Although the idea has been percolating since the show’s demise in 2006, the issue of bringing TOTP back resurfaced earlier this week when the BPI’s Tony Wadsworth and Lauren Laverne called for the show to be revived. But do we really need it to return?
Don’t get me wrong, I am a massive fan of the show, and will happily step on children’s presents and elderly relatives on Christmas day to get to a TV in time for the Xmas special. That being said, I think reviving it would be pointless.
BBC4’s decision to broadcast episodes from 1976 on Thursday nights seems like the right idea; a shot of kitsch nostalgia on the same evening that enraptured viewers in the shows heyday.
The fact it’s on a specialist arts channel like BBC4 is telling too. In 2011, this is the natural home for an antiquated curiosity like TOTP.
The revisionist appreciation for the show feels similar to the memory of beloved magazines like Smash Hits and Select. We remember those publications with a warm, hazy general glow, and not as they were at the time of their demise; sadly past their prime and scrabbling around for a new identity that fit.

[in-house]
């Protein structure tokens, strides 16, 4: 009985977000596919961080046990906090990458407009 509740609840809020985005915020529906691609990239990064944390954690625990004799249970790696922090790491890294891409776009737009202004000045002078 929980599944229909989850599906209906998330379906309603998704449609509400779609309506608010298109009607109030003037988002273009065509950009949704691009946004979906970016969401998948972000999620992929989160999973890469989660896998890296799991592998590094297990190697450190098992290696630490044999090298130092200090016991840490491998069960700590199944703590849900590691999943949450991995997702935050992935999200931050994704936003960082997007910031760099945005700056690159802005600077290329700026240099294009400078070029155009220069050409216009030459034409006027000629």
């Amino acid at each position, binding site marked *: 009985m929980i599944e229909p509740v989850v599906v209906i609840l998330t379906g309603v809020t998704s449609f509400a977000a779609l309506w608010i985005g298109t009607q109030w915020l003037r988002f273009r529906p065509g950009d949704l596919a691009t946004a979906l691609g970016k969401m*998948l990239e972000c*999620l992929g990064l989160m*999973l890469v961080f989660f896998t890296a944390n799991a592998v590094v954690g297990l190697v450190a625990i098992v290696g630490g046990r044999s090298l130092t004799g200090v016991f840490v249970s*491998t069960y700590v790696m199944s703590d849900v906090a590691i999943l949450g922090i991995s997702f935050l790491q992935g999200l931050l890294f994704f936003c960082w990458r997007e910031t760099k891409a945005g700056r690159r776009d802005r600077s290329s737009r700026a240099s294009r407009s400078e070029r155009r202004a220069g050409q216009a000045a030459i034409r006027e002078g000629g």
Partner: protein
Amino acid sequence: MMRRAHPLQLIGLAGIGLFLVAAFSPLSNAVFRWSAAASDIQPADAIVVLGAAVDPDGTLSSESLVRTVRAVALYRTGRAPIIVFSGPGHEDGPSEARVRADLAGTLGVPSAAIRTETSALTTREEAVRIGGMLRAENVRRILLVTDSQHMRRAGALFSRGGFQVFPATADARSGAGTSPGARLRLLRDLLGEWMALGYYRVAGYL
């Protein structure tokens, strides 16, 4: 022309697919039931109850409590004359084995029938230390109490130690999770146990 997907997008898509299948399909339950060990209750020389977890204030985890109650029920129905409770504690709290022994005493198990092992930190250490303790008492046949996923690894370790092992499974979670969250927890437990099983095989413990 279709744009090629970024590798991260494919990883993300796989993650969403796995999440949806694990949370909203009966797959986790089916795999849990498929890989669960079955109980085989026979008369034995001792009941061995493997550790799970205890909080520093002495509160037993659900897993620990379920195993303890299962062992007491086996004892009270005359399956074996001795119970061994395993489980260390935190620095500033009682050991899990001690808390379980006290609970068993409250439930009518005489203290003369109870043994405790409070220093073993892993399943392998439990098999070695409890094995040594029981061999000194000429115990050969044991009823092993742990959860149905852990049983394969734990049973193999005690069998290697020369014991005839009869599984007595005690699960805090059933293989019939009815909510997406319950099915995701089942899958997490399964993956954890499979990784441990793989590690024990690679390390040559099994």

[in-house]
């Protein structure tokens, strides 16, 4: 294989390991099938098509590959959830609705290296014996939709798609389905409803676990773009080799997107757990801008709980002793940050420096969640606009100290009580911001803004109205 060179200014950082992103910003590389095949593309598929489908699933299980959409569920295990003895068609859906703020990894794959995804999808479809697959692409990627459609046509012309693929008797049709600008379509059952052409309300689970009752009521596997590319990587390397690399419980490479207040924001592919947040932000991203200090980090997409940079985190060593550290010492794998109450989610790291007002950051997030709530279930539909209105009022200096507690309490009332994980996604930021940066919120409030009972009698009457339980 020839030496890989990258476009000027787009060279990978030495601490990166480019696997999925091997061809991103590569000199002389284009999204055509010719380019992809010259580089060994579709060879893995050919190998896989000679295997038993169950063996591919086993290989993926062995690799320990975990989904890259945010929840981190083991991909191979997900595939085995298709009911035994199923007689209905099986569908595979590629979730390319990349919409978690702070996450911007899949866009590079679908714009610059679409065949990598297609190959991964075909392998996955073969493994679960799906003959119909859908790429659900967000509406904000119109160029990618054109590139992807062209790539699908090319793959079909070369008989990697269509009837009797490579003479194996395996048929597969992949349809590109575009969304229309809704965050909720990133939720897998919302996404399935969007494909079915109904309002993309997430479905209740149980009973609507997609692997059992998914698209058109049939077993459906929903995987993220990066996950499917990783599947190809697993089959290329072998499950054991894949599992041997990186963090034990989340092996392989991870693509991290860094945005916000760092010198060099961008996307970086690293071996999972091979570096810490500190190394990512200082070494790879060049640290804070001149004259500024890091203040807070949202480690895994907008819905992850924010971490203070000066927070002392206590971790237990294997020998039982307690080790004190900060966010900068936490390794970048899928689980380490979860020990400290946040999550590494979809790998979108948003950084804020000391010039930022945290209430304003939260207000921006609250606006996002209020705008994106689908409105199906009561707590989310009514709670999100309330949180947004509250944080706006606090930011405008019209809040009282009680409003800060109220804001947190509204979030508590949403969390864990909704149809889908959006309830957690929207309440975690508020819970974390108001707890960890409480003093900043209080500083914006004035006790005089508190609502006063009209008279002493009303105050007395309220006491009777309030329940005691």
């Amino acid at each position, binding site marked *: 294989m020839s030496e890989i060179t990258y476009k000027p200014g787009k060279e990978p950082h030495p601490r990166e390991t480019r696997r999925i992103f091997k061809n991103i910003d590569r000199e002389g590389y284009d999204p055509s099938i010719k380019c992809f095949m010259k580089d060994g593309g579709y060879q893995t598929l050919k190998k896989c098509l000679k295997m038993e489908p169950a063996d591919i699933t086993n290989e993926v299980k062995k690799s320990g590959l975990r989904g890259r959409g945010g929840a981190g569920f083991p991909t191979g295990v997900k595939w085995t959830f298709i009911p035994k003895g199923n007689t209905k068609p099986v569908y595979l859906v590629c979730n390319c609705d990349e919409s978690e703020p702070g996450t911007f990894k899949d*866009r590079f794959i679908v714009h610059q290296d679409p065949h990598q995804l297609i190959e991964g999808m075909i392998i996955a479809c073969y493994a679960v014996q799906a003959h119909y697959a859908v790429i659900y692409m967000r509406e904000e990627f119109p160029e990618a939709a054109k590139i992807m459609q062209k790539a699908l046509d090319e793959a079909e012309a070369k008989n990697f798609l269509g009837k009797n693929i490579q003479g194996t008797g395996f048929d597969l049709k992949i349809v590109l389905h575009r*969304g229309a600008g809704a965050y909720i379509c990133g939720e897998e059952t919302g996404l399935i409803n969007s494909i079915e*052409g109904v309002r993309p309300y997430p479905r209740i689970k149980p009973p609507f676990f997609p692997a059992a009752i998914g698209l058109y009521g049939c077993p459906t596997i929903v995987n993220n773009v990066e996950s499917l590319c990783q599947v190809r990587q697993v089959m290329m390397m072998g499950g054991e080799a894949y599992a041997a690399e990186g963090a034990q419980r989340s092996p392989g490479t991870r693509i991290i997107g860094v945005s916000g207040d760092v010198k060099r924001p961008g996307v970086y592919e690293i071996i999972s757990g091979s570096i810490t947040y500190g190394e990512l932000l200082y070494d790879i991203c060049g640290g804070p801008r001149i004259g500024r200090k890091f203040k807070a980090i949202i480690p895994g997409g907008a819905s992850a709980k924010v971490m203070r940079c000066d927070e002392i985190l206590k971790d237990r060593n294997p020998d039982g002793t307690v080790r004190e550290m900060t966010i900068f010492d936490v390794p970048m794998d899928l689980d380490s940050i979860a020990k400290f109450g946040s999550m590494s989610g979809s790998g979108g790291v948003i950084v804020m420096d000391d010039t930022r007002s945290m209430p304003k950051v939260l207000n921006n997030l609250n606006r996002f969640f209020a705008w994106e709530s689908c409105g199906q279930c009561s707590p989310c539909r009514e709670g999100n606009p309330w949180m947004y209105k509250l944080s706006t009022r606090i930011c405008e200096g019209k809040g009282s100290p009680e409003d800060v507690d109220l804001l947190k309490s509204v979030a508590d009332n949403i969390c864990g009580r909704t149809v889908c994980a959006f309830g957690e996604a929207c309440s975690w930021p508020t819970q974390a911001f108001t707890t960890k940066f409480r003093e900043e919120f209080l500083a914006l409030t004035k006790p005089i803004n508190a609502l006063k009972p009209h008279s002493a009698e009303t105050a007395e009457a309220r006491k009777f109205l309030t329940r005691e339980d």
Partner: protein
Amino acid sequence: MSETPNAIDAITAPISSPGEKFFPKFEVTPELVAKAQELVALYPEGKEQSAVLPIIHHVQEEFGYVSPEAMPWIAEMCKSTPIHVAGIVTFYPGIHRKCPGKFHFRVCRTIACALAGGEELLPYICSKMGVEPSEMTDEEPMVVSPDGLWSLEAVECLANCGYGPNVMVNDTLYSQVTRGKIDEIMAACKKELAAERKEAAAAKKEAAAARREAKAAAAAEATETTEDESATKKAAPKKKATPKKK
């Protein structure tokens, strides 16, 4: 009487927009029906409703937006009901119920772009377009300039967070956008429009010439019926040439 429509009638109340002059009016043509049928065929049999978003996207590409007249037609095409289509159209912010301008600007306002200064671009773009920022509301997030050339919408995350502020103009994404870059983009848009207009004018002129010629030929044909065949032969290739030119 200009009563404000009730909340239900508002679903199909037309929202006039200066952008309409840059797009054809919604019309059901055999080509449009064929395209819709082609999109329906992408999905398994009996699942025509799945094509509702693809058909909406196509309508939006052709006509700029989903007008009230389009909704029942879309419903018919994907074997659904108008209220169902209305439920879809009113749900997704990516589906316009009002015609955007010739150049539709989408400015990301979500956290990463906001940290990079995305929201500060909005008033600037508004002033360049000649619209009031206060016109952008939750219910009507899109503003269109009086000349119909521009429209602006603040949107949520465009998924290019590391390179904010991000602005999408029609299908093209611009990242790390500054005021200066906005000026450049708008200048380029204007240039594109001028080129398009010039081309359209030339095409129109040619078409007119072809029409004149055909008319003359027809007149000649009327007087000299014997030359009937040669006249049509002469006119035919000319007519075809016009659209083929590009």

In the last three years of the show’s existence it shifted between hosts, transmission days and channels, the cumulative effect was that no-one was actually watching the damn thing. The last episode of the show was met with a general shrugging of shoulders. I mean Fearne Cotton couldn’t even be bothered to turn up to host it (Celebrity Love Island commitments, babes).
Let’s not allow false nostalgia to cloud our judgement. If anything, the shifting tides of interest have moved even further away in the five years since the show ended. The core audience of a modern pop show have disseminated to YouTube or the seemingly endless stream of music channels that exists nowadays.
And while a Jools Holland type show exists for *serious face* “real music” and The X Factor has musical guests as an accompaniment to the meat and two veg business of a talent show, the idea of a revival of TOTP – a performance and video based half-an-hour music show – feels out of step with how people consume their music these days.
So while we continue to enjoy the memory, let’s not try and exhume a long-gone pop culture phenomenon.